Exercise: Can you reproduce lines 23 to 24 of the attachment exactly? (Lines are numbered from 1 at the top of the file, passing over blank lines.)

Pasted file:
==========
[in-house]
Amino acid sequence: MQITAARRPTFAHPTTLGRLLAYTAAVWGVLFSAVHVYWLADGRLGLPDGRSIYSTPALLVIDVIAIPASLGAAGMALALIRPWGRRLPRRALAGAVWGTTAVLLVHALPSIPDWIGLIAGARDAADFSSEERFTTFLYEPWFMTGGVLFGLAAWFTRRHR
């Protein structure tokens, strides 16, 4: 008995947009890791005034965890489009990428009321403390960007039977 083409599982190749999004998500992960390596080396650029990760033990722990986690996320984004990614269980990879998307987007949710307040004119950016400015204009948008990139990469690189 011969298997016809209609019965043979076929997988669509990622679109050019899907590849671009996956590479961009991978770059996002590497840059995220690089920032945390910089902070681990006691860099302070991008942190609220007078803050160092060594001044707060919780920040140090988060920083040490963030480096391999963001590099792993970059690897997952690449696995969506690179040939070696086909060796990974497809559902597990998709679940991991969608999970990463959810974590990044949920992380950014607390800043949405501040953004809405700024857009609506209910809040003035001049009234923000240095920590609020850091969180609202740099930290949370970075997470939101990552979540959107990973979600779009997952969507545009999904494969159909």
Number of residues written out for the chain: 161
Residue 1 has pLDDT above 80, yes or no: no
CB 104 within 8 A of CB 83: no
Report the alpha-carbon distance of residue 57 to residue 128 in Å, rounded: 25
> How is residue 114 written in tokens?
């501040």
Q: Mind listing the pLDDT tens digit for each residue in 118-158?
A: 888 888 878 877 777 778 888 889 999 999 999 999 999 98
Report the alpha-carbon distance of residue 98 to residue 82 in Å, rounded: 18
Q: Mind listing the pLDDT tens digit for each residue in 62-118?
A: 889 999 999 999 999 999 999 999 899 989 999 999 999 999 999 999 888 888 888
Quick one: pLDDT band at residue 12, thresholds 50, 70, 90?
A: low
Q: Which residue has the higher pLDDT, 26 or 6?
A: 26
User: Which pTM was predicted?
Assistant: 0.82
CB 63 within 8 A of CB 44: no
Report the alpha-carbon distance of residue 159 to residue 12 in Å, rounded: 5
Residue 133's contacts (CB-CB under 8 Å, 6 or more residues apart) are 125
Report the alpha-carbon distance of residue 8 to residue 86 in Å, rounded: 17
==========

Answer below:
Residue 133's contacts (CB-CB under 8 Å, 6 or more residues apart) are 125
Report the alpha-carbon distance of residue 8 to residue 86 in Å, rounded: 17